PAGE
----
My mother is a magical woman. She could take the simplest things and make them seem luxurious. Everything, from food to clothing, was special and even precious in her hands. She cooked and sewed and knit and crocheted. She refinished furniture, made Christmas ornaments and wall decorations with felt, and knew how to scour a thrift store for things that could be recreated from kitsch to chic with just a little love. She knew how to take different articles of clothing and piece them together into outfits that looked designed to go together. She filled my life with books, creativity, and love.
I never knew we struggled for money but I remember my mother being distressed because she was in danger of being fired from her job. This distressed me because I thought her being fired was something akin to being burned at the stake. No wonder she was so anxious.
I don’t know how she managed to infuse my life with so much wealth when I know we were not wealthy. I grew up going to museums, the ballet, movies, and so many wonder-full places. There was the church that had a living crèche with a live cow, donkey, and a couple of sheep. Between the zoos, horse/cat/dog shows, and even pet stores, I touched wild life. Of course, this was back in the day when a child would go to a movie and see film shorts and, if you went to a Disney movie, you would see a film about some form of wildlife, something that showed nature in an idealized gentility where there is no food chain and the prey always escapes the predator.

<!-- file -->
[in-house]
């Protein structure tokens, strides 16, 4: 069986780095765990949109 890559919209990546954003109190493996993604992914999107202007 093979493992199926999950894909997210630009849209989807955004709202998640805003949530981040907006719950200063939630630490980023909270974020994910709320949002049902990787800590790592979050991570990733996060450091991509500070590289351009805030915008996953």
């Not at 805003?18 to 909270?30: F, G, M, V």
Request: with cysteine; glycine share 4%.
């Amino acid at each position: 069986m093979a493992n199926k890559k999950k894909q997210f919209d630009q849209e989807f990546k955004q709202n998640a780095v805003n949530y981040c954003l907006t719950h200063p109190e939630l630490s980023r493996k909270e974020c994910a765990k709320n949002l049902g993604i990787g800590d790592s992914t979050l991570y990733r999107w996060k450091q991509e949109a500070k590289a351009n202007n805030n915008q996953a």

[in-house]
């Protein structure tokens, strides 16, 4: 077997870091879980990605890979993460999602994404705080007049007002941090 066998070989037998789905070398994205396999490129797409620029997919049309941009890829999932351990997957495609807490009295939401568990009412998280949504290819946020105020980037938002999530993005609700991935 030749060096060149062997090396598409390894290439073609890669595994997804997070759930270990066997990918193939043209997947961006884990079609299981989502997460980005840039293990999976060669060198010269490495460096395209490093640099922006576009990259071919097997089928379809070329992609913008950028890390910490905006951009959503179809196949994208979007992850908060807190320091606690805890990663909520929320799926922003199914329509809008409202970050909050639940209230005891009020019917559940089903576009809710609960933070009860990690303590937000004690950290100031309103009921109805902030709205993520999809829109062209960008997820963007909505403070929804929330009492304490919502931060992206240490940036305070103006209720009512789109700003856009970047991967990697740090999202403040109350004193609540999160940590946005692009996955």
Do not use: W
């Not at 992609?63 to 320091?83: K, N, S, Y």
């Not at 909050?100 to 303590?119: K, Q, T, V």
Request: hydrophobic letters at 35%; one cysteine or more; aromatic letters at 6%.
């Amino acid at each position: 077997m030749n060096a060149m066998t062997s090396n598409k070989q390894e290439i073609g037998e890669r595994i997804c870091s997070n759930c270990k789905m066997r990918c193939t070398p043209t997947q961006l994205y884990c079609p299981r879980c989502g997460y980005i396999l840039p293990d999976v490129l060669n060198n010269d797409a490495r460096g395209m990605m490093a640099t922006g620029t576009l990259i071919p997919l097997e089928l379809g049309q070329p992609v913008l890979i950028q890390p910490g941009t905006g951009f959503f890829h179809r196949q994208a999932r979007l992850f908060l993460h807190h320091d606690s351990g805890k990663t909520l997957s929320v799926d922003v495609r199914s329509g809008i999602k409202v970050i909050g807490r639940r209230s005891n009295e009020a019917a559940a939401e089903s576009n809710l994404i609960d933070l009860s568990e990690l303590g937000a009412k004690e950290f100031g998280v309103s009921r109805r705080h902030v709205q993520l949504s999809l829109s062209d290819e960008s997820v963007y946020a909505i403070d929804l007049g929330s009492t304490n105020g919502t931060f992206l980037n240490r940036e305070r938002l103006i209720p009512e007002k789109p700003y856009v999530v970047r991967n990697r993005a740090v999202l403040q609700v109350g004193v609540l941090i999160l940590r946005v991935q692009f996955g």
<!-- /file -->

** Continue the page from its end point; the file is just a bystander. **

My mother encouraged me with praise. If I liked something in a store, she said “You can make that yourself.” Of course I believed her because so often I didn’t even realize that the sweater I was wearing or the dress I had gotten for my birthday was made by her until I found the left over yarn or fabric scraps tucked in a basket.
I wore the things she created proudly, and why not? She created me, after al. Without a father, it felt all the more as though I were my mother’s daughter and nothing more. From where I stood, that was about the best thing I could be. My mother was loved. I loved her and she had friends who loved her. The one time some foolish man broke her heart, she bought a plastic ball, one of those big colorful cheap ones, and a collection of mirror fragments and pieced them together into a mirrored ball, a meditative practice meant to bring her peace. Later she told me she hated mosaics because they reminded her of the busy work hospitals give mental patients to keep them from being too manic.
She knew how to seek peace when her life was too painful. And she somehow kept me from knowing she was lonely, that she wanted to be loved. Because of this, I believed she didn’t need anyone more than she needed me, needed me as much as I needed her, and nothing would ever, could ever change that. Because of this, I believed, when she left Larry Block, everything would go back to the way it had always been and I would no longer feel quite so lonely myself.